The Fresh Loaf

News & Information for Amateur Bakers and Artisan Bread Enthusiasts

Zopf or Swiss Sunday Bread

tssaweber's picture

Zopf or Swiss Sunday Bread


Chouette22 posted a couple of weeks ago pictures of her Zopf ( In a reply to my post she mentioned that eggs in this bread would make it dryer or stale faster. This motivated me to experiment with my recipe, with the goal to have at the end a fully understood, easy to use and "Americanized" recipe.

To have a solid and accepted expert on my side I used Dan DiMuzio's book, "Bread Baking" to support my testing. On page 138 he defines rich dough and the effect of fat, eggs and sugar in dough. This was a good start as Zopf has all this ingredients in it. Sugar seems to be the least influential with just a little bit more than 2%, but butter (11%) eggs (14%) and to some degree milk(fat) certainly do have an impact. I also wanted to see what the difference between AP and Bread flour would be.

Zopf is the favorite bread of my younger son, so he was very supportive of this idea. He promised his friends in school to bring an entire loaf for lunch and that this bread would beat every other dad's bread. I don't know how many other dads of his friends are baking but I like that it is embedded in him that not only moms are baking and cooking.   

Using my usual recipe I had to adjust the hydration significantly using AP flour otherwise the dough would have been too wet to braid. The final result was ok from an appearance perspective but did taste too much like "normal" white bread and with the additional flour was also much dryer.

Not adding the eggs was a little bit trickier. Eggs are contributing to the hydration but also add fat and strength to the dough. I decided to substitute 75 % of the egg weight with ¾ milk and ¼ water. The dough turned out wetter than usual and I had a difficult time to roll the two strands for braiding. The final bread had less oven spring and turned out a little bit less roundish than usual. The crumb was denser and whither in color. The taste of the bread was even more like white bread.

It seems to me that adding eggs makes Zopf heavier and gives it the crumb structure I like. It also allows for more liquid without impacting the final result.

I will stick with my ingredients but have changed the process to make it easier to assemble the dough. First I add butter, salt (to make sure I don't' forget it again) and brown sugar, zero out the scale, add hot water to soften the butter, then the two eggs and with the cold milk I get to the correct total amount of liquid to balance the varying weight of the eggs. After that I add the flour and the yeast and knead 3 to 4 min on speed one and another couple of minutes, depending on how the dough develops, on speed two of my KitchenAid. 3 stretch and folds with 45 min rest, after the 3rd st&f I divide the dough, braid it and proof for 20 min. Bake for 25 min at 375˚F (convection). The bread should reach 200˚F interior temperature.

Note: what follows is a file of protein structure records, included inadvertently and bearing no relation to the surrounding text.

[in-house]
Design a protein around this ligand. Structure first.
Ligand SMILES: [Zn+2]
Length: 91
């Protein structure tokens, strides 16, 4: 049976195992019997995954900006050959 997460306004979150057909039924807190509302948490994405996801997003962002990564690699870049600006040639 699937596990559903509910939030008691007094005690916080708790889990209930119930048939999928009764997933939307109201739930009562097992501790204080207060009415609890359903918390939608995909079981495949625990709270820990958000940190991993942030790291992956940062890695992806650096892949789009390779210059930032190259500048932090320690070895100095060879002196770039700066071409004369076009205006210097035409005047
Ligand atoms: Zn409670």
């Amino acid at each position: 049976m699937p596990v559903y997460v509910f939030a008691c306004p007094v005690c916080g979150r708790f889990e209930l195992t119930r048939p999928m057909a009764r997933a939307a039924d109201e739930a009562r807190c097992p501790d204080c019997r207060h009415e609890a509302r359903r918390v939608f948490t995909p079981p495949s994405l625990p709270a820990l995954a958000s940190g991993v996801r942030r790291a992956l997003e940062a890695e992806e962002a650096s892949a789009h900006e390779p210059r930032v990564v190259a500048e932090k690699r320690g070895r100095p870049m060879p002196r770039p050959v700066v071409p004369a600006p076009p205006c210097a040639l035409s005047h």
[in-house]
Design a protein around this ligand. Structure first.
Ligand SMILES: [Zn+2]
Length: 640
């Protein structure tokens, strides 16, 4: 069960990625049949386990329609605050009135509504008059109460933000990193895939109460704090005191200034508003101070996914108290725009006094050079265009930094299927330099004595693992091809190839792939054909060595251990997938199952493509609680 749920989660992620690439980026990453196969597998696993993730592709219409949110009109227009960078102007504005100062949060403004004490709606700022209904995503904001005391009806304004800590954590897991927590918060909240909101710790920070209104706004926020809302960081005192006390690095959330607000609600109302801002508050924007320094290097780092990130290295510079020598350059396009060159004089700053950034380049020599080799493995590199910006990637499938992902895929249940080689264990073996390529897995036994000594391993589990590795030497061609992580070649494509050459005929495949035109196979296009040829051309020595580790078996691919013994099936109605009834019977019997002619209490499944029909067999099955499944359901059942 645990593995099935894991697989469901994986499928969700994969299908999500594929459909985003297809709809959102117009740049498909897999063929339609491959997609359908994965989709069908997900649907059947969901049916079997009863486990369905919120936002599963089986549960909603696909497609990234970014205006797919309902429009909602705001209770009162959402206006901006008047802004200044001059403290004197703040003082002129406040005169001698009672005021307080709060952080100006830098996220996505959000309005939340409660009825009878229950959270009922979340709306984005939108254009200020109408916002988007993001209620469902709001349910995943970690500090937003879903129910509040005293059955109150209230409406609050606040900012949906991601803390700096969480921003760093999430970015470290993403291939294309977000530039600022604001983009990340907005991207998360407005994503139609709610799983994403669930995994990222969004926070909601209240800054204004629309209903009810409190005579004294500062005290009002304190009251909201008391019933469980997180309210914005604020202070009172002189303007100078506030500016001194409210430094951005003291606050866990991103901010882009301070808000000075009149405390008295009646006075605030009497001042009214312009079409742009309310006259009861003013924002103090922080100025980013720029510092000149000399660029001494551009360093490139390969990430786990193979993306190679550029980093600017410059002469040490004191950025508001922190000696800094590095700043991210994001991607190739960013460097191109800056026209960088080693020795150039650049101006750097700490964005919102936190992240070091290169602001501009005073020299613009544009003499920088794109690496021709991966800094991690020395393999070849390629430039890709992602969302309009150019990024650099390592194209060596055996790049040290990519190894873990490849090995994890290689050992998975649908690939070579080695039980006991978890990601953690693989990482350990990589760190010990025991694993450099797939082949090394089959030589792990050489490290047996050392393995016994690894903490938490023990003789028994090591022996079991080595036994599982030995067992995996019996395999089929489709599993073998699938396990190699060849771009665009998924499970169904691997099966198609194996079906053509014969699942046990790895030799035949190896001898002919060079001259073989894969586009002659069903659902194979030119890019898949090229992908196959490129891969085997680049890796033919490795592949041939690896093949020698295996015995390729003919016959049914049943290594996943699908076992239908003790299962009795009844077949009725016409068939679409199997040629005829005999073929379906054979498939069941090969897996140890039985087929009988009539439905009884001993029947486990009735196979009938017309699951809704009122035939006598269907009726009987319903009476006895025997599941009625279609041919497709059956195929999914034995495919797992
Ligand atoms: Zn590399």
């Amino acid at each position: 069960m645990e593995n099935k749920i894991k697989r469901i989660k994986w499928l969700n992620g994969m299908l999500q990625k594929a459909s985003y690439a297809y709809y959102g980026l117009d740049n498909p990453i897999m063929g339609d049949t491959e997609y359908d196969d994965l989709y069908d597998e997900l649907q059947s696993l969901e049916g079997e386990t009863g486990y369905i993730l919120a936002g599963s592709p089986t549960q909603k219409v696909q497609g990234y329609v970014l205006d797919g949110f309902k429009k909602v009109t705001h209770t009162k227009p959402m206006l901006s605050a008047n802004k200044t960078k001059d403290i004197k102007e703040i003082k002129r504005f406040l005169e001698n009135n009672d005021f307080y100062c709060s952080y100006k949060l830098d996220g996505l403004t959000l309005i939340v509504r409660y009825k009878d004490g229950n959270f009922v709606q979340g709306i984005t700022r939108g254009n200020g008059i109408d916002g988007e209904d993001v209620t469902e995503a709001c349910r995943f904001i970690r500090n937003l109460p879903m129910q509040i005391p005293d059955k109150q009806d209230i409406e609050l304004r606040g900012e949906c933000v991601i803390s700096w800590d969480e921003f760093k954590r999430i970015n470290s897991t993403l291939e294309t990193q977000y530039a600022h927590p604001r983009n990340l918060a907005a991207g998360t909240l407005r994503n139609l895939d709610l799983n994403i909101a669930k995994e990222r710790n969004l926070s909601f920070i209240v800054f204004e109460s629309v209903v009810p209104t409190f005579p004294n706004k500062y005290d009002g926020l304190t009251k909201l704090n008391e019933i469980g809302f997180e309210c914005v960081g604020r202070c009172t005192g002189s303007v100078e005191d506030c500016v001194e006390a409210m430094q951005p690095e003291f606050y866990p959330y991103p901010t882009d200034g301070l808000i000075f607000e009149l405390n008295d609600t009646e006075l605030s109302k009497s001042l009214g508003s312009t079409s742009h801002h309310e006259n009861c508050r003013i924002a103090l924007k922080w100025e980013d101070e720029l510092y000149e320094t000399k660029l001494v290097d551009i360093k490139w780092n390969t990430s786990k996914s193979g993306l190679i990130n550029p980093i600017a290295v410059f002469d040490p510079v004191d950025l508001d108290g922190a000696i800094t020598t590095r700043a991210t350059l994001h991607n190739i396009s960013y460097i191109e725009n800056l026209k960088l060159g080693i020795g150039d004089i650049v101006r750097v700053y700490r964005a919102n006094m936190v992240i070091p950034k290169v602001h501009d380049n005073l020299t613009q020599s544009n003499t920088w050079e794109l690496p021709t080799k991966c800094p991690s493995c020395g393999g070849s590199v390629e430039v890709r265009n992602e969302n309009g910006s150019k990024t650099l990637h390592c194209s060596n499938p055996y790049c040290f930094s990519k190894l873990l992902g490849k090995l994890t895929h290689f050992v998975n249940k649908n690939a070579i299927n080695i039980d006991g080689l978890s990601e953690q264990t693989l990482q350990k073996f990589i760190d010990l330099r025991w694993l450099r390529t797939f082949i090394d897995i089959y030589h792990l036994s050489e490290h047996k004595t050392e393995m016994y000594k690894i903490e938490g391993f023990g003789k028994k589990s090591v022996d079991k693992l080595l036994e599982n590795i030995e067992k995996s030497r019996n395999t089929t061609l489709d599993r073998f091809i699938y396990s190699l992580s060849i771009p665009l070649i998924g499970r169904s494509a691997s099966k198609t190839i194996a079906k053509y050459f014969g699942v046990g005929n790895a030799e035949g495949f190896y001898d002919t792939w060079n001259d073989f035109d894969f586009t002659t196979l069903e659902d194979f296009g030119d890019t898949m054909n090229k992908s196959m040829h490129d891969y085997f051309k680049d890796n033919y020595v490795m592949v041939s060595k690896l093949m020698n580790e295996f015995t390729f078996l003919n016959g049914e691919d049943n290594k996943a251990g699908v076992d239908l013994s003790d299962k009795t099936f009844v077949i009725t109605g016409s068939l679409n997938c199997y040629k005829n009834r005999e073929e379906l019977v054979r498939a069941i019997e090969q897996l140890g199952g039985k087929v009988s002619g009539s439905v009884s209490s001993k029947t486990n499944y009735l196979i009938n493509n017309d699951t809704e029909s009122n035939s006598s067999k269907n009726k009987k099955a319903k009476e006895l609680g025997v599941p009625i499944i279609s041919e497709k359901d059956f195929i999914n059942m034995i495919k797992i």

And here the final result:

For those interested in the recipe you can print or download it here:

The spreadsheet lets you adjust the final dough weight.


chouette22's picture

... that I'll be perfecting (or let's say, question) my age-old Zopf family recipe on an American/International baking site. I just LOVE these forums!! And I don't remember if my mom said that eggs made a Zopf drier and stale faster than without, or if I read it somewhere. But I took it at face-value and never bothered to question it. Live and learn! :)

Wonderful results! And I defintely have to try your recipe (I have made Zopf several times since our last 'conversation' here, but was always somewhat in a hurry and just stuck to what I knew would work for me. My 15 year-old son had three friends here for a sleepover two weeks ago and wanted me to make a huge Zopf for their breakfast. They devoured the entire thing!).

Thanks for your experiments!

SylviaH's picture

Lovely loaves!  Great looking braids.  I'm not familar with Zopf!  But it sounds a bit like challah which my family enjoys.  I'll have to put it on my to do list!


tssaweber's picture

Zopf has milk and butter in it and is not sweet. Challah is made with oil and no milk.

I've never baked Challah, but it would be interesting to hear about the differences when you bake it.


tssaweber's picture


I look forward to hearing about your experiences when you have the time for experiments and yes Zopf never gets stale in our house too.